MISSISSIPPI’S CONTINUING FAILURE HAS A “SUBSTANTIAL AND CONTINUING IMPACT ON THE SAFETY AND WELL-BEING” OF THOUSANDS OF FOSTER CHILDREN, REPORT CONCLUDES

Court Monitor in the Olivia Y. v. Bryant foster-care lawsuit says timeline to protect children is “urgent” because of state’s lack of progress.

Olivia Y. v. Bryant, Case No. 3:04-CV-251-LN, U.S. District Court, Southern District of Mississippi, Jackson Division

The most recent report on a seven-and-a-half-year-old court-ordered settlement agreement to protect children in Mississippi’s foster care, issued on June 15, has found that “defendants do not have the capacity” to meet many of the court order’s most basic requirements, developed to protect children in the state’s foster-care system. It underlines and updates the conclusions in a report issued in May 2014, covering the state’s activities during the previous year, which formed the basis for a motion filed in March and now pending in federal court. Plaintiff foster children have asked the federal court to find the state in contempt for failing to implement the settlement agreement, and asked the federal court to appoint a receiver to take over the state’s foster care system.

The federal judge, the Hon. Thomas S. Lee, has scheduled an evidentiary hearing in the federal court in Jackson, beginning Aug. 10th.

This new report covers the state’s efforts to improve the foster-care system from July 1, 2013, through June 30, 2014. According to the report, “Defendants’ ongoing failure to meet these requirements has a substantial and continuing impact on the safety and well-being of thousands of children in defendants’ custody every year.” The court order in the Olivia Y. lawsuit was entered in 2008 to resolve a lawsuit alleging widespread constitutional failings in the state’s foster-care system. The newest report, issued by the court monitor, Grace Lopes, documents years of non‐compliance by the Mississippi Department of Human Services, even after the settlement agreement was renegotiated in 2012 to allow the state more time to meet its obligations.

As the report notes, in comparing problems documented in the May 2014 report, covering Period 3, to those observed in the most recent report, covering Period 4, “There is little evidence that defendants’ implementation strategy is positioning defendants to satisfy the MSA’s [Modified Settlement Agreement] requirements.”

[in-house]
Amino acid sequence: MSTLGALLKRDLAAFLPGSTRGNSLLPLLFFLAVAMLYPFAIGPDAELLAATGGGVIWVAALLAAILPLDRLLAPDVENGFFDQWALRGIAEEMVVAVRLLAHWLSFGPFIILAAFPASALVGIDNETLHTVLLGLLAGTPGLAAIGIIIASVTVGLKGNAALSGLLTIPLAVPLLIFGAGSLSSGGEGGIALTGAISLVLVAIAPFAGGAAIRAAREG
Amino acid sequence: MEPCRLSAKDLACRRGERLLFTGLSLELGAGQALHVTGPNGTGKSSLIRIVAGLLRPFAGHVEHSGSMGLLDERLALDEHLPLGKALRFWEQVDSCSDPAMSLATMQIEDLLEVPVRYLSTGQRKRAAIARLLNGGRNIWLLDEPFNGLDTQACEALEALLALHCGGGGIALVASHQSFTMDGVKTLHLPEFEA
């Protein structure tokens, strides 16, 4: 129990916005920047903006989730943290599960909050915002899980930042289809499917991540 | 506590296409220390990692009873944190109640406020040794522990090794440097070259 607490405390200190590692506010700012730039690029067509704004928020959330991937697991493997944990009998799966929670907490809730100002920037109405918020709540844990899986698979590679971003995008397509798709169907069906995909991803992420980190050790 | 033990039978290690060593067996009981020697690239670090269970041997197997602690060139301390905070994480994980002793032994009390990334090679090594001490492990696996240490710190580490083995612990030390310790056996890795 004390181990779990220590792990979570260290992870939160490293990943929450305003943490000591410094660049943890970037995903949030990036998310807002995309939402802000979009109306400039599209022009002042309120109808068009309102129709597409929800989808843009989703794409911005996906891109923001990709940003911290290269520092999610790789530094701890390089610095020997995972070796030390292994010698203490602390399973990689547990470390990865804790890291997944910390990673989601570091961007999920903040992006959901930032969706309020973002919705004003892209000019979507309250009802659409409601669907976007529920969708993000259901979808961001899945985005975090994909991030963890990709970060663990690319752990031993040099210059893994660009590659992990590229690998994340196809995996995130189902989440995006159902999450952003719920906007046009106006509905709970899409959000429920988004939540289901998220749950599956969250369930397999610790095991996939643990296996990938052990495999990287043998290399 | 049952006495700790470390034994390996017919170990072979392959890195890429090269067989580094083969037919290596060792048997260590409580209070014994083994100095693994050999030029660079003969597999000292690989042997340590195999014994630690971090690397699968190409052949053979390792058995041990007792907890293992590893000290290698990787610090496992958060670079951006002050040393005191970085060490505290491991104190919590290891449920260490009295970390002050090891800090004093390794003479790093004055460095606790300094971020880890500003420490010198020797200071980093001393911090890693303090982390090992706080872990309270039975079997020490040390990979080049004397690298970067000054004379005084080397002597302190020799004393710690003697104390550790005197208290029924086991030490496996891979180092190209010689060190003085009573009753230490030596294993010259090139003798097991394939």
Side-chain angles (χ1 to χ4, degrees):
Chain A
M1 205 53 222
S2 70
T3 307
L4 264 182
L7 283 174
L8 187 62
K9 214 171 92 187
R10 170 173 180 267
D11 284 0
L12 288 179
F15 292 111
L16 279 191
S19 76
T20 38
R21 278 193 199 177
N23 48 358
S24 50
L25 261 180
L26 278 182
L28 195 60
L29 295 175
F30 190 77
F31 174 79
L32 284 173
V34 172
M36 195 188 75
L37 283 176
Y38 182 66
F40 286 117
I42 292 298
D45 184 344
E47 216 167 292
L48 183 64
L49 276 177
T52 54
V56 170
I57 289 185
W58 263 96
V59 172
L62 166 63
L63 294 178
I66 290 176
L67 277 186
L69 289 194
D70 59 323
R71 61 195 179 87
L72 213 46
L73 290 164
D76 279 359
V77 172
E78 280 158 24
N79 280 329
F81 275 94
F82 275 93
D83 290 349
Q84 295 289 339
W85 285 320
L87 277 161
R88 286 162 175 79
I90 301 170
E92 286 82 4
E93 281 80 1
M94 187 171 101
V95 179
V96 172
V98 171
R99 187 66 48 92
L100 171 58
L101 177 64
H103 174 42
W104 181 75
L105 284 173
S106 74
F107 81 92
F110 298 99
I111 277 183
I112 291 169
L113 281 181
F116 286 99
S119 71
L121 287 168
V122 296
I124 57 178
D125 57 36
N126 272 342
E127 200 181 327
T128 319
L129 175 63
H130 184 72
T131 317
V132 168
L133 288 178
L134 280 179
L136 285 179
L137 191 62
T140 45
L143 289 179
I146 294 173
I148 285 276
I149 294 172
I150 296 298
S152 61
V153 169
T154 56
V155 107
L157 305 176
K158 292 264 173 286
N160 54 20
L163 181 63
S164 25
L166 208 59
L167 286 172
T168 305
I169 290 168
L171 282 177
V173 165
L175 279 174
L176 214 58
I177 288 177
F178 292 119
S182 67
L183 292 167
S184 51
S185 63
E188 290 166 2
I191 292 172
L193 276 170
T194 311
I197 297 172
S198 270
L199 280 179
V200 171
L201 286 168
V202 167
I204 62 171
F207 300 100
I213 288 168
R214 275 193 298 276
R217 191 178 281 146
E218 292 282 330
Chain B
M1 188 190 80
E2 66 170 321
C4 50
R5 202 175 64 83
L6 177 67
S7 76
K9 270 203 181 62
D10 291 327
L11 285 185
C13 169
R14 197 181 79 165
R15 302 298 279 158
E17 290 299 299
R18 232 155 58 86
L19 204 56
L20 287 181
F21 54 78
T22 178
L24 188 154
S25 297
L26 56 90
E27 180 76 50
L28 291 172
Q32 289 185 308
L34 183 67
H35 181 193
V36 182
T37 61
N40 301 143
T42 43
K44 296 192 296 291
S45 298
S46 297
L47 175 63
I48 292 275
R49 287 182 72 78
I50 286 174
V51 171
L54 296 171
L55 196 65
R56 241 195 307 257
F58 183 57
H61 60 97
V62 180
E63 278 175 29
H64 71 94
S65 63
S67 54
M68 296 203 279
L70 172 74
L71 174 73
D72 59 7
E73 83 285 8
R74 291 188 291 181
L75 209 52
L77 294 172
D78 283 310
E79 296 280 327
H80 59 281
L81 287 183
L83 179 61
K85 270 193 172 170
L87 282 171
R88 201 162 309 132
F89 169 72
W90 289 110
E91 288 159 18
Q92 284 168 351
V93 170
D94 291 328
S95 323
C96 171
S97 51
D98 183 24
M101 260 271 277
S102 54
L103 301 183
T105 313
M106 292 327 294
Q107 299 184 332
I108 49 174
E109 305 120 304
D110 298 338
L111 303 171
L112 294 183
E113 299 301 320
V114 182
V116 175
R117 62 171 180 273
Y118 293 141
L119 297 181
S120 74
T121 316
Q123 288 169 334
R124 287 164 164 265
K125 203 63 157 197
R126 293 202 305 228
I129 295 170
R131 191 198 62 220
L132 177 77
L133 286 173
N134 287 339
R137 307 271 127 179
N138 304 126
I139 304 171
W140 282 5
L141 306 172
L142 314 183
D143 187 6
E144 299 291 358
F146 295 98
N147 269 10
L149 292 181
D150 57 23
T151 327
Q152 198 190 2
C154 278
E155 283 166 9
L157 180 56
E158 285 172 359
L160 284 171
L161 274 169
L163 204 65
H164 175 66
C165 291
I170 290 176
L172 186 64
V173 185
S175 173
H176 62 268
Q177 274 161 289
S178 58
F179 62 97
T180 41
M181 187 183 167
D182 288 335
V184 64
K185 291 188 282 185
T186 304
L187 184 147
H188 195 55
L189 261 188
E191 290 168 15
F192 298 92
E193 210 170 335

According to the court monitor, “Most of the organizational shortcomings that were evident during Period 3—inadequate regional management capacity and accountability systems, largely unenforced corrective action processes, an inadequate and at times unreliable automated management information system, and insufficient numbers of caseworkers and supervisors—were not addressed effectively during Period 4.” The report continues and points out that as a result of staffing shortages “the defendants undercut their own reform strategy” by diverting dedicated staff to fill gaps in staffing throughout the agency.

The report documents that in many instances the foster-care system’s performance became even worse in the most recent period. Many children’s cases are supervised by workers whose caseloads exceed required standards, basic timely medical care is not being provided to children in foster care, and maltreatment investigations are not taking place on a timely basis. During this period, the state met or exceeded only 24% of the statewide requirements for which the monitor had necessary data to make a finding, and as a general matter regional performance was worse.

“The state has spent millions of dollars to implement a reform strategy that is simply not working, in part because the state itself is undermining it,” said Marcia Robinson Lowry, the executive director of A Better Childhood, Inc., a national nonprofit child advocacy organization, who is lead counsel for the plaintiff children. “Unfortunately, it is clear from all that the court monitor has documented that the state of Mississippi is simply not going to protect its most vulnerable children unless the federal court takes additional action to make them do so. Children’s lives depend upon it.”

Plaintiffs are also represented by Wayne Drinkwater and Michael Bentley, of the Jackson, MS, office of the law firm of Bradley Arant Boult Cummings, and by Christian Carbone and Dan Friedman, of the law firm of Loeb and Loeb.

A Better Childhood is a national nonprofit advocacy organization that uses the courts to reform dysfunctional child welfare systems around the country. Marcia Robinson Lowry, A Better Childhood’s executive director, has been lead counsel in the Olivia Y. lawsuit since the case was filed in 2004.

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Monitor’s Report for Period 4

For more information, please contact:

A Better Childhood
info@abetterchildhood.org
844-422-2425